Amazon Crossing (the foreign translation division of Amazon’s publishing arm) has opened its submissions to indie authors. This is a major coup because foreign rights are one of the hardest for an indie author to sell. Yes, a lot of the world speaks English, but who wouldn’t want to read a book in their native language? (It’s got to be easier.) So, I submitted Daughter of Destiny today for consideration. I have no idea if they will accept it or not (partly because it hasn’t even been published in English yet, but then again, some traditionally published authors have gotten foreign deals before their US/UK versions came out). But I feel I made a compelling case as to why Arthurian legend is appealing to a worldwide audience (thank you Tyler T. for your post on King Arthur in Turkey, which helped me make my argument) and why this book in particular would do well around the world. I’m supposed to hear back in 5-8 weeks, so cross your fingers!

Cover Design
My cover artist, Jenny Q., begins work on the cover for Daughter of Destiny on Monday. Hopefully I’ll see something by the end of the month and you’ll see the official cover in early November.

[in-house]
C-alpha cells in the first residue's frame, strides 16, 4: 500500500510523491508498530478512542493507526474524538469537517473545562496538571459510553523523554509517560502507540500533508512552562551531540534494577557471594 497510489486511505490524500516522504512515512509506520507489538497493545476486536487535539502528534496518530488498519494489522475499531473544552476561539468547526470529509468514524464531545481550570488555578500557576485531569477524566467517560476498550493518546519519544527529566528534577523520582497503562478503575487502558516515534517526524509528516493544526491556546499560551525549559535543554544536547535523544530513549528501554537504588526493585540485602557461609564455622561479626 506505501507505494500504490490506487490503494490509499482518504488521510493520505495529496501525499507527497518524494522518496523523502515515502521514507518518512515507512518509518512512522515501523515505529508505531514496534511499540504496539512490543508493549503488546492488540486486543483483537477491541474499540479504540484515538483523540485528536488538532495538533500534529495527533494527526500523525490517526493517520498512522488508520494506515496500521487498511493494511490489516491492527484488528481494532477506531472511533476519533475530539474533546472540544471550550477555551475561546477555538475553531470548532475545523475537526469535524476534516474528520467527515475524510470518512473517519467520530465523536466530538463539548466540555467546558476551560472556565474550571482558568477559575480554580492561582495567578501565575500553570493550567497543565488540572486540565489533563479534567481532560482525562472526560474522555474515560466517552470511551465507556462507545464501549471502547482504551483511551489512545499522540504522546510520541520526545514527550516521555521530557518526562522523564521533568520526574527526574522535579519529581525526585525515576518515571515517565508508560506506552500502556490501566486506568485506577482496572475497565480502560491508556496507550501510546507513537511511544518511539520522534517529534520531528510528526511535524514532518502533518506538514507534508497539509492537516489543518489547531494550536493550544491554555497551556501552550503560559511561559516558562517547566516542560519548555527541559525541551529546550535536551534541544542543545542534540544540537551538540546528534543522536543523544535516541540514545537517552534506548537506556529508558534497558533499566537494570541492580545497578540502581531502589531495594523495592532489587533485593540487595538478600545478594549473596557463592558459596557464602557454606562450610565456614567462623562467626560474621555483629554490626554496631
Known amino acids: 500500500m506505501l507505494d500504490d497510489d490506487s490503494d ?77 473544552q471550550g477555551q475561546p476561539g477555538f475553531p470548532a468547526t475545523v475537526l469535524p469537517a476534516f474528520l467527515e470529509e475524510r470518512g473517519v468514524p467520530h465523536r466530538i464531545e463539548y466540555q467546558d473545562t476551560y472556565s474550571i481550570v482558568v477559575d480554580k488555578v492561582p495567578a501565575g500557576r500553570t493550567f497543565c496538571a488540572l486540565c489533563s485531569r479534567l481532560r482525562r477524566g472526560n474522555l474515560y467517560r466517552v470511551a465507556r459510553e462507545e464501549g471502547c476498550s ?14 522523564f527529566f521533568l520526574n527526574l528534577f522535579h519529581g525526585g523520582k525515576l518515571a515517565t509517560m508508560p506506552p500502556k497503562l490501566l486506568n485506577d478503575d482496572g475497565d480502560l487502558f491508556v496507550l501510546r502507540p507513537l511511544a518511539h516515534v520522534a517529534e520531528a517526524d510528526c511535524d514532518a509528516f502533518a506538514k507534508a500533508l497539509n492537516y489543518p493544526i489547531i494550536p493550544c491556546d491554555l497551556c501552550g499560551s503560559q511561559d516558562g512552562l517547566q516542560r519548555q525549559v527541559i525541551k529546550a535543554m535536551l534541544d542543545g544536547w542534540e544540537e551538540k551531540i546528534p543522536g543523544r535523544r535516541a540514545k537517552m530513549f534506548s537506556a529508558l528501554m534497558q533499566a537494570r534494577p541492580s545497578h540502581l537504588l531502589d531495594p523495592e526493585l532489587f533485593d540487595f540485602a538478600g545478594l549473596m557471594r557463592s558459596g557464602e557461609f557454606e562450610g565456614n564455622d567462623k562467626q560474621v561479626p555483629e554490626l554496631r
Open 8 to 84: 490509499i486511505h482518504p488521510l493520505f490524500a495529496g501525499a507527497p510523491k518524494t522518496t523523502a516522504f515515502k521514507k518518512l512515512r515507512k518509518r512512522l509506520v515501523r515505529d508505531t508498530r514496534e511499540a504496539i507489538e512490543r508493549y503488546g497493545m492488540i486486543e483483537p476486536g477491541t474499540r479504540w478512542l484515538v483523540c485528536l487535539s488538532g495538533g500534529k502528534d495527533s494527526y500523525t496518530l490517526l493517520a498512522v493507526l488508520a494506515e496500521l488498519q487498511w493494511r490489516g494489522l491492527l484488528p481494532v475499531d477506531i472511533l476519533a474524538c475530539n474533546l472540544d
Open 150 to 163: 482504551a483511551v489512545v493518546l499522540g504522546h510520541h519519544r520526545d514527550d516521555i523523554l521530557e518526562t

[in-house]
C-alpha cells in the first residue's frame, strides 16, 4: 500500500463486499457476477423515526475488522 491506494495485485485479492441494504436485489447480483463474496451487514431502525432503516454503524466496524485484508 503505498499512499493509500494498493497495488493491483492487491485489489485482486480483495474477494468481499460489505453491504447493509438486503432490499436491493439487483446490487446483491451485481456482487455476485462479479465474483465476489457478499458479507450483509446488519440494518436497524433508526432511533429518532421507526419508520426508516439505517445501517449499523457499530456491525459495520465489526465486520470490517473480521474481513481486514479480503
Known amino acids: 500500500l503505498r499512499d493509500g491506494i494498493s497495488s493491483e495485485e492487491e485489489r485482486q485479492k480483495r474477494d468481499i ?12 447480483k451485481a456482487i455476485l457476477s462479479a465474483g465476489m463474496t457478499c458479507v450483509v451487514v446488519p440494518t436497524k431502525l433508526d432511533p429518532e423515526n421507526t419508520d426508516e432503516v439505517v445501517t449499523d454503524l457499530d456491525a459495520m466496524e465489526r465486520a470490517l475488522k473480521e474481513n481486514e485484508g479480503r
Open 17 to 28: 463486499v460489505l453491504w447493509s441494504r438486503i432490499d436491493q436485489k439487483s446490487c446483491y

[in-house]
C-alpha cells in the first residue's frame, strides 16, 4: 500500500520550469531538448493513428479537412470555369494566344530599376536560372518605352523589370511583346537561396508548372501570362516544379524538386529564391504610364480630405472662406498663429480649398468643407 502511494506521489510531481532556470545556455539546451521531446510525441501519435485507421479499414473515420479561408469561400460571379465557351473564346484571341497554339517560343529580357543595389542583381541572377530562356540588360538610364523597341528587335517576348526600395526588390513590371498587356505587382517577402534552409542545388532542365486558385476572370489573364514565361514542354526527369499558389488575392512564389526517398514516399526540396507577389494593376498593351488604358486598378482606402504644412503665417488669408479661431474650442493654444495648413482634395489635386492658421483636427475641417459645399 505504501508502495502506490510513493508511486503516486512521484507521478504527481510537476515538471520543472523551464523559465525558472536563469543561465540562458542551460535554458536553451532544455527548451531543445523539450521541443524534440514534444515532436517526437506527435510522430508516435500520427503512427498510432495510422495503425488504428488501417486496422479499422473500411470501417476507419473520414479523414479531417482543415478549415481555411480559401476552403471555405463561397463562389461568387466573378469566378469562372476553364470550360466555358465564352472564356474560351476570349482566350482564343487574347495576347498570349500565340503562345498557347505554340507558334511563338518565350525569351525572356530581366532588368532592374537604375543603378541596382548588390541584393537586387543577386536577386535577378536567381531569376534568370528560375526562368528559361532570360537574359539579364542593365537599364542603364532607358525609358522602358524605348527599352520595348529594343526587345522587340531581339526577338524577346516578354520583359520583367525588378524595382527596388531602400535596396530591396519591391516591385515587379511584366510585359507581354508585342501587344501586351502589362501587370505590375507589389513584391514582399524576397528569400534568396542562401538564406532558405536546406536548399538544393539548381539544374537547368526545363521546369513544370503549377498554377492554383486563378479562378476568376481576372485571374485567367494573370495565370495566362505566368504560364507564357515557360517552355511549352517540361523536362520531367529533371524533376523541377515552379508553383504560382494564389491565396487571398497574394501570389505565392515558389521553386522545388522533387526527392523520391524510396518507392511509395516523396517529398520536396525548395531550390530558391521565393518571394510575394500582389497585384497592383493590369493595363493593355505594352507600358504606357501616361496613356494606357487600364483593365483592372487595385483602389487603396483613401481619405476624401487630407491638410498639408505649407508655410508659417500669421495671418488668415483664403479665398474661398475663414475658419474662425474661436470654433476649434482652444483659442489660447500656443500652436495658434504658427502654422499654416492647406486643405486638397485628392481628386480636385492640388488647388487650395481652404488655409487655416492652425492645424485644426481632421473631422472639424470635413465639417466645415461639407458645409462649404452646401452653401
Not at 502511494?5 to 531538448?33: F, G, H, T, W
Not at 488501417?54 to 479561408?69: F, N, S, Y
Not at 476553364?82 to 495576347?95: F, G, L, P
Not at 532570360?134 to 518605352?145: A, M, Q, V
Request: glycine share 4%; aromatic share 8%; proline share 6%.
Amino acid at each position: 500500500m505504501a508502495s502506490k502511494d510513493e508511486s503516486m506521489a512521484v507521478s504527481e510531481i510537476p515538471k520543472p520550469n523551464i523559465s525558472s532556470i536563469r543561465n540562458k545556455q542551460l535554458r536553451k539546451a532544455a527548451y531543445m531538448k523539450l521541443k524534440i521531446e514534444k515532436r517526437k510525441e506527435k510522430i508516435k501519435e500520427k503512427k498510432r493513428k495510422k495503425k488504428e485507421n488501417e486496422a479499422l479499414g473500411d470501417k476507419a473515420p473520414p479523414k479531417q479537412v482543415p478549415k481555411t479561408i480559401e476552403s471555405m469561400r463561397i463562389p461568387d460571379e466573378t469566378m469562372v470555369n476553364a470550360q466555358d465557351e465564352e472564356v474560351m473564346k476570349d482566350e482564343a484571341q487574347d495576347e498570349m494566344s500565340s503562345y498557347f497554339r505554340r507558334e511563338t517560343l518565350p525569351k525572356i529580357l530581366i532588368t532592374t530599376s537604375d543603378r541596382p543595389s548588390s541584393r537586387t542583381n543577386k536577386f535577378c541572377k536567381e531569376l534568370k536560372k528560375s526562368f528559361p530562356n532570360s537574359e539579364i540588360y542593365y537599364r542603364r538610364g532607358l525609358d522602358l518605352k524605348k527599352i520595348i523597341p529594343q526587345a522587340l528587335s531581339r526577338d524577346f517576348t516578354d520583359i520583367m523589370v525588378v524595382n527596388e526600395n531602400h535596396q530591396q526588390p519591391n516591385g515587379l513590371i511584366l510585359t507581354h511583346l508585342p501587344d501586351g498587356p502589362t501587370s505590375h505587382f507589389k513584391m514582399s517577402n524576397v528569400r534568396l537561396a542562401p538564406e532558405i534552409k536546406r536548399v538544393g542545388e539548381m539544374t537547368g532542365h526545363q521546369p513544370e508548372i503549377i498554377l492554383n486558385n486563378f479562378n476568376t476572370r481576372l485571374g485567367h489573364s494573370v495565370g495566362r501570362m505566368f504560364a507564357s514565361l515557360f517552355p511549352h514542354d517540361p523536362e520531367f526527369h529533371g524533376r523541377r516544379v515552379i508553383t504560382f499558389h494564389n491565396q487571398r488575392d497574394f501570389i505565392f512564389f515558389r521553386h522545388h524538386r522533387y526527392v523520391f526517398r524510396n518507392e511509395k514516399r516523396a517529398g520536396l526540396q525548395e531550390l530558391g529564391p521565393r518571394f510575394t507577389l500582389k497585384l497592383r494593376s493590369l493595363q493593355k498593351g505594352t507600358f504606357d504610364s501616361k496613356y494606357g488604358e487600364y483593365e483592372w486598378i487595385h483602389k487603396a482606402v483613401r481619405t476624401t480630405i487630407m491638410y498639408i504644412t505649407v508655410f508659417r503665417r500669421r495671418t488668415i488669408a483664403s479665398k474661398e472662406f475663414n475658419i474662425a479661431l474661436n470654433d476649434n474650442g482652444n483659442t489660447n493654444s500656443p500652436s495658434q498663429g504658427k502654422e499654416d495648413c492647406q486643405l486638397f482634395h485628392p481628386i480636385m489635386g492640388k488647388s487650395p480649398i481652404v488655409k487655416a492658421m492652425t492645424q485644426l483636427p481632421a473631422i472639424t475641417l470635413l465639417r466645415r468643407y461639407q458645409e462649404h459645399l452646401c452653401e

Other Books
While all this is going on, I’ve been editing Camelot’s Queen, the second book in Guinevere’s Tale. It’s not due to my editor until the beginning of December, but I’m doing National Novel Writing Month (NaNoWriMo) in November, so it and Been Searching for You need to be pretty much ready to submit by the end of the October so I can make the December editing deadlines.

My NaNoNovel is going to be the other side of the coin to Guinevere’s story – it will tell Morgan’s story. Once you read the first two Guinevere books, you’ll see why that is important. Because my books are all first person POV, you only see Morgan through Guinevere’s judgmental filter. There is so much that you don’t see because Guinevere was either wrong (but sometimes she was right) or she wasn’t there and so didn’t know how certain things went down. I will release this one only after the last Guinevere book is out because it gives away the plot twists in the three Guinevere books. I would advise that you read it only after reading the Guinevere books for that reason, as well.